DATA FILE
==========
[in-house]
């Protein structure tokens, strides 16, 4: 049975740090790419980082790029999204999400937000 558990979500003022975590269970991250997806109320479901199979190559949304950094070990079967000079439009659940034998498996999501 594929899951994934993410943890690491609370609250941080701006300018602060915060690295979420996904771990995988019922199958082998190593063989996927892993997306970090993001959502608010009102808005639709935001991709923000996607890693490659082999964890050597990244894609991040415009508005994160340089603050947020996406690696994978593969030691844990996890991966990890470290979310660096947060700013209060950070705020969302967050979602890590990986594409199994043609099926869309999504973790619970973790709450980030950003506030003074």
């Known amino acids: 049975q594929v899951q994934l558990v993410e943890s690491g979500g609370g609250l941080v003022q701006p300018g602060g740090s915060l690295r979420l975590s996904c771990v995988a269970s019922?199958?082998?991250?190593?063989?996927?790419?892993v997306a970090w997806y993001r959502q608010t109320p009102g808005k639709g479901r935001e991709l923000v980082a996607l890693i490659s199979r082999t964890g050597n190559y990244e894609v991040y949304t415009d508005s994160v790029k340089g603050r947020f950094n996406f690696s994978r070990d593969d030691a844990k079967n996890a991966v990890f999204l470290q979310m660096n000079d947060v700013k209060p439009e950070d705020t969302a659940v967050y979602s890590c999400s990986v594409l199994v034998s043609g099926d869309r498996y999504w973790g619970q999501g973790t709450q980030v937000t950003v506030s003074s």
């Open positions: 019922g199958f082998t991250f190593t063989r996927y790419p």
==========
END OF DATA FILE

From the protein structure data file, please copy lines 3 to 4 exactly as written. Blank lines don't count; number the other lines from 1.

């Known amino acids: 049975q594929v899951q994934l558990v993410e943890s690491g979500g609370g609250l941080v003022q701006p300018g602060g740090s915060l690295r979420l975590s996904c771990v995988a269970s019922?199958?082998?991250?190593?063989?996927?790419?892993v997306a970090w997806y993001r959502q608010t109320p009102g808005k639709g479901r935001e991709l923000v980082a996607l890693i490659s199979r082999t964890g050597n190559y990244e894609v991040y949304t415009d508005s994160v790029k340089g603050r947020f950094n996406f690696s994978r070990d593969d030691a844990k079967n996890a991966v990890f999204l470290q979310m660096n000079d947060v700013k209060p439009e950070d705020t969302a659940v967050y979602s890590c999400s990986v594409l199994v034998s043609g099926d869309r498996y999504w973790g619970q999501g973790t709450q980030v937000t950003v506030s003074s």
């Open positions: 019922g199958f082998t991250f190593t063989r996927y790419p």